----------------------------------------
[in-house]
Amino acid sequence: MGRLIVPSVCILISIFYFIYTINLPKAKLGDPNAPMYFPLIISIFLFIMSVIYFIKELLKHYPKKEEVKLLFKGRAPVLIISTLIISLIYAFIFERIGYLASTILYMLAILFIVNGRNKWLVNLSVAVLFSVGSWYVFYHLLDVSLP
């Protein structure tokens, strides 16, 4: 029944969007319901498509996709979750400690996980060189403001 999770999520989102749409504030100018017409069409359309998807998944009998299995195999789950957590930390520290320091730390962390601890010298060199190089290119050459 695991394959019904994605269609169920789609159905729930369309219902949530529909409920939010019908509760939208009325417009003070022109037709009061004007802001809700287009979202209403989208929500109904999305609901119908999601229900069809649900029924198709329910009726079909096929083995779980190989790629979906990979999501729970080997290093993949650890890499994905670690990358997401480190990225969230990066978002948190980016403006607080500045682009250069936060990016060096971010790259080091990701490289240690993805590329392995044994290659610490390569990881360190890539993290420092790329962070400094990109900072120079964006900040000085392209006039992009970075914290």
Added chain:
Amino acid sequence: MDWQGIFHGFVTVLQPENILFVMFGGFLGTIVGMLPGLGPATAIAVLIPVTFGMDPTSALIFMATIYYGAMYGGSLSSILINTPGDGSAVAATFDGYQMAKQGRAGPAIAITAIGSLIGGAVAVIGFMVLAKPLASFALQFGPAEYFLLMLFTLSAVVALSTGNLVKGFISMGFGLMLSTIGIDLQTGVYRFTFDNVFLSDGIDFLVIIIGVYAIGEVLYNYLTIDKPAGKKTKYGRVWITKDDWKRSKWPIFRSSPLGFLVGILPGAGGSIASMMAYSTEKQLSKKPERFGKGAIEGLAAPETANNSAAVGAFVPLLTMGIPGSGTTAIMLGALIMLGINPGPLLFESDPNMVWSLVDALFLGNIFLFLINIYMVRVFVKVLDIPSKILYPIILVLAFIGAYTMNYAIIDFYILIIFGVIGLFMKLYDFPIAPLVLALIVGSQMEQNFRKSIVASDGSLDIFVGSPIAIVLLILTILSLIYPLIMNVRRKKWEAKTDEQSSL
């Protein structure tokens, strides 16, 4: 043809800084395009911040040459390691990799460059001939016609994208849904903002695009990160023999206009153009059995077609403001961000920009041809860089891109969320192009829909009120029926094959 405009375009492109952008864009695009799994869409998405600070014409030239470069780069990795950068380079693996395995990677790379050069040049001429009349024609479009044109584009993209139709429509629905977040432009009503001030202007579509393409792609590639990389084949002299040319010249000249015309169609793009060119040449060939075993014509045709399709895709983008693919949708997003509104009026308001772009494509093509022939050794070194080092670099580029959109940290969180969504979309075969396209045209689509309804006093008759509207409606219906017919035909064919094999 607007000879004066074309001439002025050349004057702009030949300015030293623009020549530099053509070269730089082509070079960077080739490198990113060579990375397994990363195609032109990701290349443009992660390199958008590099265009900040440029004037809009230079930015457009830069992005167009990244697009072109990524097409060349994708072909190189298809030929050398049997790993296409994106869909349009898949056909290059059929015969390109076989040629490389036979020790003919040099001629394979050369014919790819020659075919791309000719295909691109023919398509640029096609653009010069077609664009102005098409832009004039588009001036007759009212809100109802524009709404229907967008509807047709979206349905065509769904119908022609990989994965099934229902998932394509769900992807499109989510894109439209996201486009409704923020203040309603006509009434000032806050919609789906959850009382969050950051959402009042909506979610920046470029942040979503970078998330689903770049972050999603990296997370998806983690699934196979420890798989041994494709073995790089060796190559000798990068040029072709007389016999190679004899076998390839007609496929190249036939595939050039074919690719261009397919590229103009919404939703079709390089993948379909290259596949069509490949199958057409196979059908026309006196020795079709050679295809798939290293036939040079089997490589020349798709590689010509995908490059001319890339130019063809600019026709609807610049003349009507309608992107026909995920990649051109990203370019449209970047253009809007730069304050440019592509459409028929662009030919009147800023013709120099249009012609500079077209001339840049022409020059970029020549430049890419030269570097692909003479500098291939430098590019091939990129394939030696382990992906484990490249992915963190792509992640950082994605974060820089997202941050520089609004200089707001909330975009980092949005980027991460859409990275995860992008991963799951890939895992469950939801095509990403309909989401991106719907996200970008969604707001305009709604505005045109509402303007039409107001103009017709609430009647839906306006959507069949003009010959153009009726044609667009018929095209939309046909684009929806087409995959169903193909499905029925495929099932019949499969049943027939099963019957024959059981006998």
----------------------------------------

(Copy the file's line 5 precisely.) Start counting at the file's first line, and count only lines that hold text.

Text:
Amino acid sequence: MDWQGIFHGFVTVLQPENILFVMFGGFLGTIVGMLPGLGPATAIAVLIPVTFGMDPTSALIFMATIYYGAMYGGSLSSILINTPGDGSAVAATFDGYQMAKQGRAGPAIAITAIGSLIGGAVAVIGFMVLAKPLASFALQFGPAEYFLLMLFTLSAVVALSTGNLVKGFISMGFGLMLSTIGIDLQTGVYRFTFDNVFLSDGIDFLVIIIGVYAIGEVLYNYLTIDKPAGKKTKYGRVWITKDDWKRSKWPIFRSSPLGFLVGILPGAGGSIASMMAYSTEKQLSKKPERFGKGAIEGLAAPETANNSAAVGAFVPLLTMGIPGSGTTAIMLGALIMLGINPGPLLFESDPNMVWSLVDALFLGNIFLFLINIYMVRVFVKVLDIPSKILYPIILVLAFIGAYTMNYAIIDFYILIIFGVIGLFMKLYDFPIAPLVLALIVGSQMEQNFRKSIVASDGSLDIFVGSPIAIVLLILTILSLIYPLIMNVRRKKWEAKTDEQSSL